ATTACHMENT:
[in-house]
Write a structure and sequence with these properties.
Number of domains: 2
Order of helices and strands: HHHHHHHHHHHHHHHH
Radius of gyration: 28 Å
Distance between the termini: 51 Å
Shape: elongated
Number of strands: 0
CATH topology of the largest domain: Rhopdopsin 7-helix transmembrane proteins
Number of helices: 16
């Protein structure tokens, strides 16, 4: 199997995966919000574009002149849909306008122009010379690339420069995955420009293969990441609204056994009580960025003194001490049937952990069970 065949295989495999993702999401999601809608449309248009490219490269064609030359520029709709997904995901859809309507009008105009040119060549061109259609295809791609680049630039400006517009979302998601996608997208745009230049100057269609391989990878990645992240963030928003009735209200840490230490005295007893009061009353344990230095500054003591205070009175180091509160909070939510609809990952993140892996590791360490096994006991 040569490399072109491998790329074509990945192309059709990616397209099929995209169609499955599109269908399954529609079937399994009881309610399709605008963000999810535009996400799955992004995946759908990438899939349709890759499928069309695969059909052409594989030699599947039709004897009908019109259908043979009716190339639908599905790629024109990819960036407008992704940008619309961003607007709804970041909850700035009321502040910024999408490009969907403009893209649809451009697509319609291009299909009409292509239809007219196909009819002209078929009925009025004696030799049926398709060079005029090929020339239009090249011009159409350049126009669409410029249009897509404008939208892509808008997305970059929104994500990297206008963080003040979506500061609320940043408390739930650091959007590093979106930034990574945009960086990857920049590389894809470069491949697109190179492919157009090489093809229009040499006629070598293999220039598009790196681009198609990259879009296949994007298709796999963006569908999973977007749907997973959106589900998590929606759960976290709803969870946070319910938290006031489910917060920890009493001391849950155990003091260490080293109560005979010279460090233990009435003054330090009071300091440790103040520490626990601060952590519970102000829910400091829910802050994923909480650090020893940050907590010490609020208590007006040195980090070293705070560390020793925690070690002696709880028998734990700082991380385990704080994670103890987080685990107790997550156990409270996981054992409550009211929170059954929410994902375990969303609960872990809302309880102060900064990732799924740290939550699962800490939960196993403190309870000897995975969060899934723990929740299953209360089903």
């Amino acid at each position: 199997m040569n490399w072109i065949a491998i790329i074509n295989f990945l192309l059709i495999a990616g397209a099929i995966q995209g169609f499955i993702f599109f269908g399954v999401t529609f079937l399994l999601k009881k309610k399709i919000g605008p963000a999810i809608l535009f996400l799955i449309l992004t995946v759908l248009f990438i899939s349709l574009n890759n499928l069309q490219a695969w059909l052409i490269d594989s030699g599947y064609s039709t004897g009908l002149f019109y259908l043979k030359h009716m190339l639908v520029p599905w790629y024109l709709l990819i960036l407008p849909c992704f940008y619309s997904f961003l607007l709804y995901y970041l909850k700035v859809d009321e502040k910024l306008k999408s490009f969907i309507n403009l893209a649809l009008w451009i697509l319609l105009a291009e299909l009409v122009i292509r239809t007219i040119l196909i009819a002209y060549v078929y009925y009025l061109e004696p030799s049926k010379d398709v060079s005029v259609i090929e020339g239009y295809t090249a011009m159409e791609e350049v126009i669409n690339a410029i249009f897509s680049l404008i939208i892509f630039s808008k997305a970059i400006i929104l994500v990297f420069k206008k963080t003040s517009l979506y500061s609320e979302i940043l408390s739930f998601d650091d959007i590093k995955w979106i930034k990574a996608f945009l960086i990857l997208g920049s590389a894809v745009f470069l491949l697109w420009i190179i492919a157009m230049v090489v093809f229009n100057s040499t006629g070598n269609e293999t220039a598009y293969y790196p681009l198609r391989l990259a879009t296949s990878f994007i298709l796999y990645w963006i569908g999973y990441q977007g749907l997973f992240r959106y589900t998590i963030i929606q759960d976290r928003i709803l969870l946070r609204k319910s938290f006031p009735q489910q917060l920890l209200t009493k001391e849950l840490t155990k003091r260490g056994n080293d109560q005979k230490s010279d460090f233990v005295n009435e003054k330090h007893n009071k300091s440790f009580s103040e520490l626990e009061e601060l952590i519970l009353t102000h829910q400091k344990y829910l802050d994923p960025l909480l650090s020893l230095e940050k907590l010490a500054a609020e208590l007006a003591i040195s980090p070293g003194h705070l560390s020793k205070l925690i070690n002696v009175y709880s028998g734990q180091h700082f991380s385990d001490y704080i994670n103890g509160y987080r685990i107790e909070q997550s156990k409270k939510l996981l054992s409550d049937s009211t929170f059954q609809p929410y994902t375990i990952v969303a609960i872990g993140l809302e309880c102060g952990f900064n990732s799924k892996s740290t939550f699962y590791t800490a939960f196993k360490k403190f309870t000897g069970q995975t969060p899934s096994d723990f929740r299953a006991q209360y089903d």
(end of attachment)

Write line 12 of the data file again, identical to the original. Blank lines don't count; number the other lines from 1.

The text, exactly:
């Amino acid at each position: 199997m040569n490399w072109i065949a491998i790329i074509n295989f990945l192309l059709i495999a990616g397209a099929i995966q995209g169609f499955i993702f599109f269908g399954v999401t529609f079937l399994l999601k009881k309610k399709i919000g605008p963000a999810i809608l535009f996400l799955i449309l992004t995946v759908l248009f990438i899939s349709l574009n890759n499928l069309q490219a695969w059909l052409i490269d594989s030699g599947y064609s039709t004897g009908l002149f019109y259908l043979k030359h009716m190339l639908v520029p599905w790629y024109l709709l990819i960036l407008p849909c992704f940008y619309s997904f961003l607007l709804y995901y970041l909850k700035v859809d009321e502040k910024l306008k999408s490009f969907i309507n403009l893209a649809l009008w451009i697509l319609l105009a291009e299909l009409v122009i292509r239809t007219i040119l196909i009819a002209y060549v078929y009925y009025l061109e004696p030799s049926k010379d398709v060079s005029v259609i090929e020339g239009y295809t090249a011009m159409e791609e350049v126009i669409n690339a410029i249009f897509s680049l404008i939208i892509f630039s808008k997305a970059i400006i929104l994500v990297f420069k206008k963080t003040s517009l979506y500061s609320e979302i940043l408390s739930f998601d650091d959007i590093k995955w979106i930034k990574a996608f945009l960086i990857l997208g920049s590389a894809v745009f470069l491949l697109w420009i190179i492919a157009m230049v090489v093809f229009n100057s040499t006629g070598n269609e293999t220039a598009y293969y790196p681009l198609r391989l990259a879009t296949s990878f994007i298709l796999y990645w963006i569908g999973y990441q977007g749907l997973f992240r959106y589900t998590i963030i929606q759960d976290r928003i709803l969870l946070r609204k319910s938290f006031p009735q489910q917060l920890l209200t009493k001391e849950l840490t155990k003091r260490g056994n080293d109560q005979k230490s010279d460090f233990v005295n009435e003054k330090h007893n009071k300091s440790f009580s103040e520490l626990e009061e601060l952590i519970l009353t102000h829910q400091k344990y829910l802050d994923p960025l909480l650090s020893l230095e940050k907590l010490a500054a609020e208590l007006a003591i040195s980090p070293g003194h705070l560390s020793k205070l925690i070690n002696v009175y709880s028998g734990q180091h700082f991380s385990d001490y704080i994670n103890g509160y987080r685990i107790e909070q997550s156990k409270k939510l996981l054992s409550d049937s009211t929170f059954q609809p929410y994902t375990i990952v969303a609960i872990g993140l809302e309880c102060g952990f900064n990732s799924k892996s740290t939550f699962y590791t800490a939960f196993k360490k403190f309870t000897g069970q995975t969060p899934s096994d723990f929740r299953a006991q209360y089903d």